File: Louisiana Gov. Governor Bobby Jindal (R) (AP Photo/Nati Harnik)
File: Louisiana Gov. Governor Bobby Jindal (R) (AP Photo/Nati Harnik)

Bobby Jindal, Rhodes scholar, conservative intellectual and Louisiana governor, travels this weekend to Lynchburg, Va.-based Liberty University, to give a commencement address at the conservative Christian school founded by the late Jerry Falwell.

The visit is part of an increasingly crowded travel schedule for the Louisiana politician, who is eyeing a 2016 presidential bid. Jindal was in Washington last month talking about his own prescription for health-care reform -- starting with repeal of Obamacare.

He insists that Republicans need to offer substantive ideas to counter the Democratic initiatives they complain about. Jindal has formed a new think tank, America Next, to support and distribute those ideas, including prescriptions for new national energy and education policies.

Jindal is also trying to establish an emotional connection with a core group of GOP voters around his conversion to Christianity and his belief in religious freedom. He gave a speech at the Reagan Library a few months ago stating that religious values are under attack in the United States. That is likely to be the theme of his Liberty address, which supporters expect to be broadcast, at least in part, by C-SPAN and by Christian broadcast outlets.

Influential pastors from South Carolina and Iowa are attending the event this weekend and will meet privately with Jindal, according to people familiar with Jindal's schedule. Some of the pastors have committed in the past to former Arkansas governor Mike Huckabee, who is also considering a 2016 race.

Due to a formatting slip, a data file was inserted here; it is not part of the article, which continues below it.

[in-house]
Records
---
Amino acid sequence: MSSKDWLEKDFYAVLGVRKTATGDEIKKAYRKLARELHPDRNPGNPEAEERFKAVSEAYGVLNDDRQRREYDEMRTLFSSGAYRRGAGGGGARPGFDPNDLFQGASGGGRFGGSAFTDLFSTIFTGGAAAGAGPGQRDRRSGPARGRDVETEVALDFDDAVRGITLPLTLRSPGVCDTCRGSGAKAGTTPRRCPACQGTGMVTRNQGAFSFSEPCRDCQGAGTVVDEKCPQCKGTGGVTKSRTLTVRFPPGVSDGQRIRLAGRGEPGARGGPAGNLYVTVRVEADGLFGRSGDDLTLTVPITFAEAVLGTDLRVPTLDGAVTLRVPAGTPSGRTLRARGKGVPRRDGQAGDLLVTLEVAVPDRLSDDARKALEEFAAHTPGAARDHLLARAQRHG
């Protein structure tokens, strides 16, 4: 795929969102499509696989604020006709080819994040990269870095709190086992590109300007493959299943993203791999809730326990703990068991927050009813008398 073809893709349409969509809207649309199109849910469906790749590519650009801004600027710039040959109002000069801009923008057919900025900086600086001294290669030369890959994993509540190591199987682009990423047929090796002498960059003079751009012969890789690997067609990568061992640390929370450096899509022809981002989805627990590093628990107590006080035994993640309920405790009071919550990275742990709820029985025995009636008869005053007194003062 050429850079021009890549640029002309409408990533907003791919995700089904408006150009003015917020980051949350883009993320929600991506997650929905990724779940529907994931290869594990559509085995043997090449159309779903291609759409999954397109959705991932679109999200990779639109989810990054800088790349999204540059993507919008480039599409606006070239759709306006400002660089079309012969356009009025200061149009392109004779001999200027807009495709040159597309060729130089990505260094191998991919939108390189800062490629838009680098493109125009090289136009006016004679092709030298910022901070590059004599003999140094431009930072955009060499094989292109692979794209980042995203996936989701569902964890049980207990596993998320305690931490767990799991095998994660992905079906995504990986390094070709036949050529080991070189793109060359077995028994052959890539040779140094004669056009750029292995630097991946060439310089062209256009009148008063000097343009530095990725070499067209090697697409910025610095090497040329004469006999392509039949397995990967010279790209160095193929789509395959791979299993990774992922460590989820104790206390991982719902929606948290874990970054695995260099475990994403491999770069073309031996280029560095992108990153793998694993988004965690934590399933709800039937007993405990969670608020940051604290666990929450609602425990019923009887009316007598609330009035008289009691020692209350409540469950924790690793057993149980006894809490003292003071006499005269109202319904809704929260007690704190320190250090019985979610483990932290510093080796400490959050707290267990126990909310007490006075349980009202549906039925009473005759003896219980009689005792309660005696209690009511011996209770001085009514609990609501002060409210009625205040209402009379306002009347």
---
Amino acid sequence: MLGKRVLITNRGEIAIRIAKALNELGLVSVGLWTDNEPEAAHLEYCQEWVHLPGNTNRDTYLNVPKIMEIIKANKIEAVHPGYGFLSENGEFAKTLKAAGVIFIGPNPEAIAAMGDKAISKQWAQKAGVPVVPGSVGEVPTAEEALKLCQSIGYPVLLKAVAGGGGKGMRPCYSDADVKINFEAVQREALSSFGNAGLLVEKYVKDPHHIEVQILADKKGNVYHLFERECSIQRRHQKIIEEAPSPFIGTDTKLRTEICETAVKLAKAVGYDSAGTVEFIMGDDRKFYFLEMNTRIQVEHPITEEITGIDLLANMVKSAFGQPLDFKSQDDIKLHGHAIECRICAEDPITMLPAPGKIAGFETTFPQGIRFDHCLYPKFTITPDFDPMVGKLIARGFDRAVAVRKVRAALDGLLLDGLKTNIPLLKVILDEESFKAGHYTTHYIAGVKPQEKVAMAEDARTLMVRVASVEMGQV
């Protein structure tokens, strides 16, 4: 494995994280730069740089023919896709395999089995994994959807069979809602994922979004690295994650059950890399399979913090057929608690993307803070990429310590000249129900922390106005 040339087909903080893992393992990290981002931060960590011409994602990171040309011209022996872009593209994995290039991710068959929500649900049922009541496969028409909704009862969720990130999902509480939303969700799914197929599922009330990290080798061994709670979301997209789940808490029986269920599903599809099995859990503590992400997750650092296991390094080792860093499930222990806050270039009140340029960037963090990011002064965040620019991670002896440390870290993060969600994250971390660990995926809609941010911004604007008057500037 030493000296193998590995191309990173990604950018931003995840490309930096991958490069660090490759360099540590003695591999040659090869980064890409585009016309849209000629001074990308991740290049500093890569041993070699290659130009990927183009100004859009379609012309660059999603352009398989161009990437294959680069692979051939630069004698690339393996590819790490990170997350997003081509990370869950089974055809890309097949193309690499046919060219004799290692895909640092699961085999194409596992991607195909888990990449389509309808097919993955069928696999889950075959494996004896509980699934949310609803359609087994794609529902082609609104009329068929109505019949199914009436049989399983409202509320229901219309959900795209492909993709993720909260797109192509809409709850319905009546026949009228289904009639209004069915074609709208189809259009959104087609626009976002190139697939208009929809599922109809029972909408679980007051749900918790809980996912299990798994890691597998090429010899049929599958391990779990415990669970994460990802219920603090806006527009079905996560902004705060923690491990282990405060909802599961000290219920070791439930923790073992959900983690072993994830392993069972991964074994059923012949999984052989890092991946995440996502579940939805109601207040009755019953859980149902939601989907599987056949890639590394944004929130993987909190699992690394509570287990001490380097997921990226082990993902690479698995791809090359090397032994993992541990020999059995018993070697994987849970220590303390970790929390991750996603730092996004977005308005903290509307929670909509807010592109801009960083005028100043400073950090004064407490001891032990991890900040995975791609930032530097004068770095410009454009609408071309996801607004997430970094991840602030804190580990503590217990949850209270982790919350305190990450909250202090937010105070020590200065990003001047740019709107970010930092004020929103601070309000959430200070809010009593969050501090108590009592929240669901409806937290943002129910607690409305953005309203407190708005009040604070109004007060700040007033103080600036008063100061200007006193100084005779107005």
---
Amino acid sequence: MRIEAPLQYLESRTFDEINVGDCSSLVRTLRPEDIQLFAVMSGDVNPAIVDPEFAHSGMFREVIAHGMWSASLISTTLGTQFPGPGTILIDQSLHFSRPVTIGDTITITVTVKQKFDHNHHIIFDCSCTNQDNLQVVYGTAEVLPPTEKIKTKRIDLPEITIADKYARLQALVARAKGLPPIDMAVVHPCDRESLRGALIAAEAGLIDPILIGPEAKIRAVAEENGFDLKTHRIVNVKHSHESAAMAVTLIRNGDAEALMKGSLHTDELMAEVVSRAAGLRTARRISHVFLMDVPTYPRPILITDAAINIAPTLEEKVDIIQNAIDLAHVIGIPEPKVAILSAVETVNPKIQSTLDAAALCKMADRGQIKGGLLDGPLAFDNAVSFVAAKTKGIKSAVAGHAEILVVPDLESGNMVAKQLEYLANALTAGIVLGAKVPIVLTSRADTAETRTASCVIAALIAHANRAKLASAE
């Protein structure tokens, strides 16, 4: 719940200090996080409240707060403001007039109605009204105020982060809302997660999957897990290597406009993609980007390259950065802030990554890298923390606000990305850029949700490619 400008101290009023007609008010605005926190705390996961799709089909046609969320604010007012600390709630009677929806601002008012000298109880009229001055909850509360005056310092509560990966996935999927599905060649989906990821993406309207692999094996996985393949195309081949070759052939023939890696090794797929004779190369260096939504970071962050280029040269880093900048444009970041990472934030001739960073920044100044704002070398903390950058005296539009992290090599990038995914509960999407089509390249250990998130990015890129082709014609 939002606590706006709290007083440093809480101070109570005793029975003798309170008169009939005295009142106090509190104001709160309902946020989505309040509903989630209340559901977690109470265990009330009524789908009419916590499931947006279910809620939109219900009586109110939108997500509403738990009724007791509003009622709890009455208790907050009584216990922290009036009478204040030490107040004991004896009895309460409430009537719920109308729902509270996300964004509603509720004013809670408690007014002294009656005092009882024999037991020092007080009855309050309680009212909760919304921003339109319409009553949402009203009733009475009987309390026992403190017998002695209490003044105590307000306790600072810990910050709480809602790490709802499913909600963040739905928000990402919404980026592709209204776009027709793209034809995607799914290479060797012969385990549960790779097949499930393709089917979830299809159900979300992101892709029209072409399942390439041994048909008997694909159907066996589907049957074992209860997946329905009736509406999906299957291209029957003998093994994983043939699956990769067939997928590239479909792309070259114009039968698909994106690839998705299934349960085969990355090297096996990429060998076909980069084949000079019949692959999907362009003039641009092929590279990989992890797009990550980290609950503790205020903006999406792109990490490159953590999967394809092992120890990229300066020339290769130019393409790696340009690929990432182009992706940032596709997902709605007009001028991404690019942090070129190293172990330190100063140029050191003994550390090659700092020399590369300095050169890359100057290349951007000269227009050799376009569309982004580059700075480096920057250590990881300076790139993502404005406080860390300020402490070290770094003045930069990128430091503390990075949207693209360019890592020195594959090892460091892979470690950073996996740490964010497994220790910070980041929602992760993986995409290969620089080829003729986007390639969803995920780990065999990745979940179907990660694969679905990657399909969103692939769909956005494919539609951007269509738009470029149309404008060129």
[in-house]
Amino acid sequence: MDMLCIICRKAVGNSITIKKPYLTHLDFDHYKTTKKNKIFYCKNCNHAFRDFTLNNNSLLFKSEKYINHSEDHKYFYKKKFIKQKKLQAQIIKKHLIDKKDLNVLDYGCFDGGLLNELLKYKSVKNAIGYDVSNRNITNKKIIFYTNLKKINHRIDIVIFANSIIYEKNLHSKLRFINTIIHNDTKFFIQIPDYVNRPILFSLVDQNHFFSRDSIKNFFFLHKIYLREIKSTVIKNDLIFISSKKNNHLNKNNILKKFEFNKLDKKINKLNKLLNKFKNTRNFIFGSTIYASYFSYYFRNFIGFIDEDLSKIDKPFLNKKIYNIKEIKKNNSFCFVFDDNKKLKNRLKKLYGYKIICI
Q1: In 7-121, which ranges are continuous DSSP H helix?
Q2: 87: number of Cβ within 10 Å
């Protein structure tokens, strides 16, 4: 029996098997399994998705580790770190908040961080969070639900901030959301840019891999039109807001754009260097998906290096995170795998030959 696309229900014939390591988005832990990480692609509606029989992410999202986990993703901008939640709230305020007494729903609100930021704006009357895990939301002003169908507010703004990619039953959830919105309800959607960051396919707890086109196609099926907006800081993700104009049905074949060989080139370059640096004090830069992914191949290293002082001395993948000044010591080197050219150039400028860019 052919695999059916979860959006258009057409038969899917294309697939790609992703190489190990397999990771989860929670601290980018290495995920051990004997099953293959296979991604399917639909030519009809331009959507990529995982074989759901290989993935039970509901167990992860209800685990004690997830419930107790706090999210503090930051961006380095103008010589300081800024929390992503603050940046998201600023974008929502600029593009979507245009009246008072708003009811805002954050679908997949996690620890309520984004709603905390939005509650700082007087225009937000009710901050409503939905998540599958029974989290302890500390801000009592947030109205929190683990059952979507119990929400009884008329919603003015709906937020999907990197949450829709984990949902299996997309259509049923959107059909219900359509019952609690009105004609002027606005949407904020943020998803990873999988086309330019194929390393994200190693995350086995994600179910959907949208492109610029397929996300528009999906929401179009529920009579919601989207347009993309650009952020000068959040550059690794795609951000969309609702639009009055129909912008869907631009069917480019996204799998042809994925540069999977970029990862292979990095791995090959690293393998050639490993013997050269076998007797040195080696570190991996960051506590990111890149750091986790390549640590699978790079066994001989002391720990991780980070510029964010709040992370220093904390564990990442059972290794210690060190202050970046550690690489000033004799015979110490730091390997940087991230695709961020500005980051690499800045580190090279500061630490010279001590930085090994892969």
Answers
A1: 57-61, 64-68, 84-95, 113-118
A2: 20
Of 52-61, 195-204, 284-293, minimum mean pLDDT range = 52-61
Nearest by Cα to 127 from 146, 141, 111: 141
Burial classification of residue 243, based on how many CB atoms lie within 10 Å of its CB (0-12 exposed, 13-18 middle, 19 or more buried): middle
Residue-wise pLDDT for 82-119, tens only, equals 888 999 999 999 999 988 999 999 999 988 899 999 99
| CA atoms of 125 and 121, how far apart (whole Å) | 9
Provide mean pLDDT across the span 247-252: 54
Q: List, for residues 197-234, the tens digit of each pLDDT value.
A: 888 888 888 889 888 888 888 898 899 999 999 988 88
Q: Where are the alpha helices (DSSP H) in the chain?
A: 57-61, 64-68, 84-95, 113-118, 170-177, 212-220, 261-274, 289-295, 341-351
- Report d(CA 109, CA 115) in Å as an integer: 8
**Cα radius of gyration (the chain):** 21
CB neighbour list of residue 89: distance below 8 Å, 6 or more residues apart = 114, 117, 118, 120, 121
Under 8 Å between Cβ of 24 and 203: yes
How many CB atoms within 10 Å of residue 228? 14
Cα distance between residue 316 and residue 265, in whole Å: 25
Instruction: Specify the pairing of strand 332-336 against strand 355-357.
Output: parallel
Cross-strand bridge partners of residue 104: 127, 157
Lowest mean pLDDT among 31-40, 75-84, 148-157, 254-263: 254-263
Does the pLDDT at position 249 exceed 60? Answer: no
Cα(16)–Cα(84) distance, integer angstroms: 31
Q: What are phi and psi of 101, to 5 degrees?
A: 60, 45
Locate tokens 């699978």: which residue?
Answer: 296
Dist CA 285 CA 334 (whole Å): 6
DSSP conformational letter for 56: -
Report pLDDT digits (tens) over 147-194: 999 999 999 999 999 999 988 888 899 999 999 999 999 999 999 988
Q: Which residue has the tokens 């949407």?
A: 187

When asked by reporters recently whether he is running for president, Jindal answered, "I don’t know." But his schedule suggests otherwise. He headlines an Iowa Republican party fundraiser on June 13. He has been the keynote speaker at state party dinners in Minnesota (in February), in Indiana (in March) and was one of several would-be presidential candidates speaking to the National Rifle Association convention last month. He has also made visits to the party's fundraising capitals -- including a trip to Las Vegas and five separate visits this year alone to New York City where he is becoming increasingly well-acquainted with GOP donors.

In June, he delivers the keynote speech to an annual conference led by Ralph Reed, who heads the Faith & Freedom Coalition. That invitation, like the one at Liberty University this weekend, is one of many that came to the governor after his speech at the Reagan Library called out what he described as “war on religious liberty.” The speech, from a man who converted to Christianity from Hinduism in high school, brought acclaim from the right.

"This war is waged in our courts and in the halls of political power. It is pursued with grim and relentless determination by a group of like-minded elites, determined to transform the country from a land sustained by faith — into a land where faith is silenced, privatized, and circumscribed," he said.

His examples include court cases in which corporations are compelled to follow rules that they oppose philosophically. He cited cases such as that of the Hobby Lobby stores that made an appeal to the Supreme Court. The firm and others like it complained that the new health-care law, which stipulates that employers need to cover all forms of contraception at no cost, was requiring them to pay for services that conflict with their beliefs.